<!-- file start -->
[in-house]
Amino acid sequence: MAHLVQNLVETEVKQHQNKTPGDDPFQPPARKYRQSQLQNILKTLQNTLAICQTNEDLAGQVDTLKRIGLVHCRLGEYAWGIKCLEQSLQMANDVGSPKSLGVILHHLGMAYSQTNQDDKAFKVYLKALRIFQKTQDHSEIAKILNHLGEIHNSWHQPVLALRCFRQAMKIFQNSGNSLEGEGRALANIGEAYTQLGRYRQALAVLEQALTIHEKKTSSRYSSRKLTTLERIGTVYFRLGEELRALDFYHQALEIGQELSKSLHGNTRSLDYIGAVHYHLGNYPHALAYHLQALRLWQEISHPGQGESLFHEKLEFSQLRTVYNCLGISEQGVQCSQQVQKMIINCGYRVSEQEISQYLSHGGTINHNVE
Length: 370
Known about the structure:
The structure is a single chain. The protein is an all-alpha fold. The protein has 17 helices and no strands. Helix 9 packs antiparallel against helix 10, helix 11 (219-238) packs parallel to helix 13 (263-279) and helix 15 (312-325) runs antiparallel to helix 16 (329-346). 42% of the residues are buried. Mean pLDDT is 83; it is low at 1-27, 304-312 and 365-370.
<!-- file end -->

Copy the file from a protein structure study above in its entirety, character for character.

[in-house]
Amino acid sequence: MAHLVQNLVETEVKQHQNKTPGDDPFQPPARKYRQSQLQNILKTLQNTLAICQTNEDLAGQVDTLKRIGLVHCRLGEYAWGIKCLEQSLQMANDVGSPKSLGVILHHLGMAYSQTNQDDKAFKVYLKALRIFQKTQDHSEIAKILNHLGEIHNSWHQPVLALRCFRQAMKIFQNSGNSLEGEGRALANIGEAYTQLGRYRQALAVLEQALTIHEKKTSSRYSSRKLTTLERIGTVYFRLGEELRALDFYHQALEIGQELSKSLHGNTRSLDYIGAVHYHLGNYPHALAYHLQALRLWQEISHPGQGESLFHEKLEFSQLRTVYNCLGISEQGVQCSQQVQKMIINCGYRVSEQEISQYLSHGGTINHNVE
Length: 370
Known about the structure:
The structure is a single chain. The protein is an all-alpha fold. The protein has 17 helices and no strands. Helix 9 packs antiparallel against helix 10, helix 11 (219-238) packs parallel to helix 13 (263-279) and helix 15 (312-325) runs antiparallel to helix 16 (329-346). 42% of the residues are buried. Mean pLDDT is 83; it is low at 1-27, 304-312 and 365-370.